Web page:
Instagram boosts children’s online grooming by 70%: British charity


Instagram has been the most commonly used app by criminals for sexual communication with children over the past year, revealed by a British children’s charity.

Online care crimes recorded by British police have skyrocketed by nearly 70% since 2018, according to new figures from the National Society for the Prevention of Child Abuse (NSPCC).

According to figures compiled by charity from 42 police requests for freedom of information in the United Kingdom and Wales, 5,441 online grooming crimes were recorded between April 2020 and March 2021, the same as in 2017. It increased by 69% from the 3,217 cases recorded during the period. 18.18.

Facebook-owned apps such as Instagram, WhatsApp, and Messenger have been used in almost half of the crimes for which communication was known in the last 12 months.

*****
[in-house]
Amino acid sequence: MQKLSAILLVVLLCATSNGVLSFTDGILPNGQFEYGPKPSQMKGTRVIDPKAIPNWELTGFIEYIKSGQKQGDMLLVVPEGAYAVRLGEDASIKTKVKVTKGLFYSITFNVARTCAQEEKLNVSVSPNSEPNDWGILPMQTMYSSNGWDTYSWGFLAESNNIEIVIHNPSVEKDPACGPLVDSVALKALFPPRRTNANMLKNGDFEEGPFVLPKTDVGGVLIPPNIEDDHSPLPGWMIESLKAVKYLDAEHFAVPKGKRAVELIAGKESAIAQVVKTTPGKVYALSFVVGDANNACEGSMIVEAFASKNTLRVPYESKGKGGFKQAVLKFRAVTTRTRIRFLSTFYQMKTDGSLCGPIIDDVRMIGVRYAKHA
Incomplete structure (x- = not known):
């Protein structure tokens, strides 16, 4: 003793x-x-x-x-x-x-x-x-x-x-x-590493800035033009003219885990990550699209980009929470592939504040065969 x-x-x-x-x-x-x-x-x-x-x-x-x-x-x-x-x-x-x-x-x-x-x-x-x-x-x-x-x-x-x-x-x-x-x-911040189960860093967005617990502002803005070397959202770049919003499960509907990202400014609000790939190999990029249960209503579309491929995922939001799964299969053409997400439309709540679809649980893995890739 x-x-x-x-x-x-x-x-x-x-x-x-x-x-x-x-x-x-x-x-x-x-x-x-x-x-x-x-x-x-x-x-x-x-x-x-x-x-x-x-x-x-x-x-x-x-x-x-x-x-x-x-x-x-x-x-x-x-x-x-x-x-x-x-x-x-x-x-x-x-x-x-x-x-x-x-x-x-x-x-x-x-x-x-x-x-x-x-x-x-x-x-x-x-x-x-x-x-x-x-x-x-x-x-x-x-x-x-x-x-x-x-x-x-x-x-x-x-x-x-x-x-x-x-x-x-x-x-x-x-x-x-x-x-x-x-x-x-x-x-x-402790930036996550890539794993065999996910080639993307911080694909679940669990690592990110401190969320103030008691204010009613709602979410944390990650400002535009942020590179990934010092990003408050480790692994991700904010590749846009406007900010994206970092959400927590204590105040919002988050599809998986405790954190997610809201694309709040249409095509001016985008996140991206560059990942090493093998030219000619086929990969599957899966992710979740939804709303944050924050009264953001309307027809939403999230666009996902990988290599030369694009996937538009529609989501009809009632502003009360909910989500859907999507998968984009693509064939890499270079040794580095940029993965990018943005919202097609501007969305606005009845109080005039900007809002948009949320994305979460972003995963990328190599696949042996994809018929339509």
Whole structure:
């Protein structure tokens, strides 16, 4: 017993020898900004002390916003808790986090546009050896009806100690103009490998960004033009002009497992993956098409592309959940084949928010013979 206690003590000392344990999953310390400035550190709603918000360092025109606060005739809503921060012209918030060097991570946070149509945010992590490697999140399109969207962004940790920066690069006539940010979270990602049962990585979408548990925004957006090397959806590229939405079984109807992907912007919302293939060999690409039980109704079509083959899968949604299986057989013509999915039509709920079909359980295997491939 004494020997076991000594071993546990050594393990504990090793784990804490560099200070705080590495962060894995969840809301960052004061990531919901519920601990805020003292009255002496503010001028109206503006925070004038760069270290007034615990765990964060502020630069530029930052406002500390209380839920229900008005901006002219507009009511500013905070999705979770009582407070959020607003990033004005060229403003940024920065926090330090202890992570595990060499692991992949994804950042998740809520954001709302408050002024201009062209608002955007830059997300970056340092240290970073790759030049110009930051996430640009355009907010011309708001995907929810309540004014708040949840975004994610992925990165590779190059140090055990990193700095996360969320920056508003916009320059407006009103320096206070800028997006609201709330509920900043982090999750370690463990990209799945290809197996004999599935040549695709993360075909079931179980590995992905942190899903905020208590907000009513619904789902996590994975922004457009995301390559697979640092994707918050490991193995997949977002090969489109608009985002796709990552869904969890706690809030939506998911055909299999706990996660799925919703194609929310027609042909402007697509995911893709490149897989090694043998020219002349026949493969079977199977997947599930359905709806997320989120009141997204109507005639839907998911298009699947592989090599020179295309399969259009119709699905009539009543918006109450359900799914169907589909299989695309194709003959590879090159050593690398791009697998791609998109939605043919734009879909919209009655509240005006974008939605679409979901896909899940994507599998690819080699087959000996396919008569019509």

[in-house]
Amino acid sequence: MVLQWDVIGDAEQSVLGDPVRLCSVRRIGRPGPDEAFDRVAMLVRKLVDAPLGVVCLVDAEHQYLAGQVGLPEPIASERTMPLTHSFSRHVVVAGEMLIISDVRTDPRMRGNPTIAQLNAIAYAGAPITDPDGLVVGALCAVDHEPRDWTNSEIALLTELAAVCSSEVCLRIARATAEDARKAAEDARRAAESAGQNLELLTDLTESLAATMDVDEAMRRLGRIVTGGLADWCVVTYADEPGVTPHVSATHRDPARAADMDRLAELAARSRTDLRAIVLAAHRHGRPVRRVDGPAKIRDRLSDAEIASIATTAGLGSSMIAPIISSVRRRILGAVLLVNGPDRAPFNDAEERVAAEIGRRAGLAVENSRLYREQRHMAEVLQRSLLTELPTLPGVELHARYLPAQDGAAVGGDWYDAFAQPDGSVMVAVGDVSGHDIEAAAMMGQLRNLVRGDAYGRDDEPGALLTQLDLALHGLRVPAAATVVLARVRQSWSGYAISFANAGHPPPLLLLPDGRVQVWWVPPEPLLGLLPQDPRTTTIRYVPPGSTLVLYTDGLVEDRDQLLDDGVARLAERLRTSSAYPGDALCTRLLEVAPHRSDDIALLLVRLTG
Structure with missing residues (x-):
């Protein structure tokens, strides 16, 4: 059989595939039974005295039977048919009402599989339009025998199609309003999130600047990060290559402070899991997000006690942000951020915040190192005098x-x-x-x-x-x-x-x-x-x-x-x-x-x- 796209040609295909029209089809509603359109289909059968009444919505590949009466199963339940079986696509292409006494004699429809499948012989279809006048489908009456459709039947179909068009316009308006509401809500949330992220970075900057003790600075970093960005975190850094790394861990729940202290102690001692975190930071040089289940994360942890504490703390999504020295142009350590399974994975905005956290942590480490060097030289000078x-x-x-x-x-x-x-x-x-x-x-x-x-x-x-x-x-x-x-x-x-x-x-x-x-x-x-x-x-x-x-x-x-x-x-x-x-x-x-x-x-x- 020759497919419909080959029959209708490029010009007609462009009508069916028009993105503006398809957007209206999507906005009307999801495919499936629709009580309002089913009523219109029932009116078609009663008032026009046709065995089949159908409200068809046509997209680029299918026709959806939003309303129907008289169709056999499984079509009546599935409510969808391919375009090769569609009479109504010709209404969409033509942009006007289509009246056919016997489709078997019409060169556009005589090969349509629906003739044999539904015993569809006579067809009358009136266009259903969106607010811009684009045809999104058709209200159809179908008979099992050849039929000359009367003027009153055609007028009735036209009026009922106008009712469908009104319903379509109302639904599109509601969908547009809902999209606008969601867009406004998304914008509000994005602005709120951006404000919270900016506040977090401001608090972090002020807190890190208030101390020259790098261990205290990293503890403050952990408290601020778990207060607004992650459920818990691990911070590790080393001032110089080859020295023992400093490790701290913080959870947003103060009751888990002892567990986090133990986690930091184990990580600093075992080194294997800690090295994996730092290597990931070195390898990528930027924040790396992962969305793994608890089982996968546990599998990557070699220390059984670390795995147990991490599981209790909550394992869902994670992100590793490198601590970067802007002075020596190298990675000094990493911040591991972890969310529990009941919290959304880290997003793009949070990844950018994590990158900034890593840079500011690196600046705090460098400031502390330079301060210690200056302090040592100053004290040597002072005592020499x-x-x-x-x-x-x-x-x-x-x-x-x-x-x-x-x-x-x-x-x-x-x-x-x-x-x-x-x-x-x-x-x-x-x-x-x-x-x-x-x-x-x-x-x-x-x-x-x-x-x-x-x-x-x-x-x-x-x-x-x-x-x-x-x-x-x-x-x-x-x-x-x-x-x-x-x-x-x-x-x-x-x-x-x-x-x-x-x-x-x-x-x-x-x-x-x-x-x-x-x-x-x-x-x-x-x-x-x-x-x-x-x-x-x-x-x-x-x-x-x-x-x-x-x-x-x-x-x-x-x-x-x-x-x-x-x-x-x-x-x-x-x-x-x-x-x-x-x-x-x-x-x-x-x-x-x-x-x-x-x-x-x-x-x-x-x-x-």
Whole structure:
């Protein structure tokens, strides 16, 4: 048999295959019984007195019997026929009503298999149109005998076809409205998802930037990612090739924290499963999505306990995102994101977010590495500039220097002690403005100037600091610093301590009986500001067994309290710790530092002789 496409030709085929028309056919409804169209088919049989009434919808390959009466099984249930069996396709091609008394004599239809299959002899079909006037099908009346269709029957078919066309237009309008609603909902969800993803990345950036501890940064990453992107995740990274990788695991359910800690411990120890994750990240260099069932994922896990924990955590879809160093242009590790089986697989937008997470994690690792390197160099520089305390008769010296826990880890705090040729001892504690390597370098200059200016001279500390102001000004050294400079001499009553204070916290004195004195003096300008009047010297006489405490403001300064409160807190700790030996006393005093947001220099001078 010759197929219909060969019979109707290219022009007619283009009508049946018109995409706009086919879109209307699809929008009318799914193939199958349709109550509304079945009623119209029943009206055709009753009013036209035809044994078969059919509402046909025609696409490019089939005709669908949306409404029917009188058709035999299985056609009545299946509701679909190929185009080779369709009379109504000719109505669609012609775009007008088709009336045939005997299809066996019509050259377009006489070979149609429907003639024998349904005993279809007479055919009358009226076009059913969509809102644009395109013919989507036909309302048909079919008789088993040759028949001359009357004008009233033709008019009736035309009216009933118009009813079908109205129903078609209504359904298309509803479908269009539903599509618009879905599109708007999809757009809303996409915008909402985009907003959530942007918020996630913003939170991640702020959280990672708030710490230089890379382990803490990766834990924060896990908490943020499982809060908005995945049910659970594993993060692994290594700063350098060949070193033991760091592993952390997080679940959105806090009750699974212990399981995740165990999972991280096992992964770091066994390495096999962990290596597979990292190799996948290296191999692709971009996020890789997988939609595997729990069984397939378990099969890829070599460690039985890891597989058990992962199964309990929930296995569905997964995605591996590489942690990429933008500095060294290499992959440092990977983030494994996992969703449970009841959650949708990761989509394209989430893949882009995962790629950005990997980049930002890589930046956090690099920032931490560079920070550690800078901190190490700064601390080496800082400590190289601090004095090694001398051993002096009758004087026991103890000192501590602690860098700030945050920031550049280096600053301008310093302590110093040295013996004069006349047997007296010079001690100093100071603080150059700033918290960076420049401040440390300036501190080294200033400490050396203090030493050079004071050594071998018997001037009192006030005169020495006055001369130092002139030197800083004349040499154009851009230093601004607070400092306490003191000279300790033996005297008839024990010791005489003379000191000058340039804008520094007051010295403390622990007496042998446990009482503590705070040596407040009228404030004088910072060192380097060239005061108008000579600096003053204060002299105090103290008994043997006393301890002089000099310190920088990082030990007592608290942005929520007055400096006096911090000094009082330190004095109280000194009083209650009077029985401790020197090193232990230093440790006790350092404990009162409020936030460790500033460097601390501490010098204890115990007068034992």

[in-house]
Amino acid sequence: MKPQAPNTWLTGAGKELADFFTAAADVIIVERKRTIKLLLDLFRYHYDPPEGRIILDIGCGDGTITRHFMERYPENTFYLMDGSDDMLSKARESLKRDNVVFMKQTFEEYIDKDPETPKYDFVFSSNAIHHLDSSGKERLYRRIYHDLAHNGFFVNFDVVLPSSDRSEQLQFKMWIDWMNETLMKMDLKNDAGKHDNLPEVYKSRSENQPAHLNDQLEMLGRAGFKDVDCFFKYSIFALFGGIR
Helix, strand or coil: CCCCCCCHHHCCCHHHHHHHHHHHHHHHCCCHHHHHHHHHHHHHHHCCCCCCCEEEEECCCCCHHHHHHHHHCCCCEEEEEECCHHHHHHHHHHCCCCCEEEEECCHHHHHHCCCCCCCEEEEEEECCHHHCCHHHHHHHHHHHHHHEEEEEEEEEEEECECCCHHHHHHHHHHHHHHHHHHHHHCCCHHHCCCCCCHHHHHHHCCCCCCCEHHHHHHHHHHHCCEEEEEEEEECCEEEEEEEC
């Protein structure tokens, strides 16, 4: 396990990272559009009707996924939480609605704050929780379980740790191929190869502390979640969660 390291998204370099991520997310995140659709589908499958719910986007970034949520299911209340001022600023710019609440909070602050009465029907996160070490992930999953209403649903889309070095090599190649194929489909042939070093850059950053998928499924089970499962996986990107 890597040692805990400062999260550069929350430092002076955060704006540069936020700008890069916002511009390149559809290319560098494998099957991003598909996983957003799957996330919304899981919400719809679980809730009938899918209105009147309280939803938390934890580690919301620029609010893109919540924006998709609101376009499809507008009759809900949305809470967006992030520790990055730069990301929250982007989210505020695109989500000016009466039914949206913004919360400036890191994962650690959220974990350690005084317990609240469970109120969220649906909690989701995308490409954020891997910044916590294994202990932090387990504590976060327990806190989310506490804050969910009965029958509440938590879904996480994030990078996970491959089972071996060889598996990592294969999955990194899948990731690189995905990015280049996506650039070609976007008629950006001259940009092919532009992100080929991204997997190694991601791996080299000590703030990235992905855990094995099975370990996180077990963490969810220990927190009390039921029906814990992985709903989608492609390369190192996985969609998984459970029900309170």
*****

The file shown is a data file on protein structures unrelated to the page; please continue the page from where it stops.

Of these, the numbers show that Instagram was the most commonly used.

Snapchat was named in more than a quarter of the cases where the communication form was known.

Charities said the design flaws in social media platforms have been exploited by criminals to target younger users.

Andy Burrows, Head of Child Safety Online Policy at NSPCC, said:

Charities are urging technology companies such as Facebook to invest in technology that allows them to identify and interrupt such activities, even if all platforms begin to use end-to-end encryption. I did.

Facebook said online grooming is “disgusting behavior” and the company “is determined to continue developing new ways to prevent, detect and respond to abuse.”

The NSPCC also called on the government to take stronger action to counter the rise of online grooming.

It urged the government to “guarantee that the online safety bill will do everything necessary to prevent online abuse.”

The draft online safety bill will be scrutinized by a joint committee of parliamentarians and peers from September. This will be the first major regulatory set for the Internet anywhere in the world.

According to a government statement, this is aimed at protecting people from “harmful content” and “supporting democratic discussions online.”

However, the campaign group fears that the proposed rules may be too vague and undermine freedom of speech.

PA contributed to this report.

Alexander Chan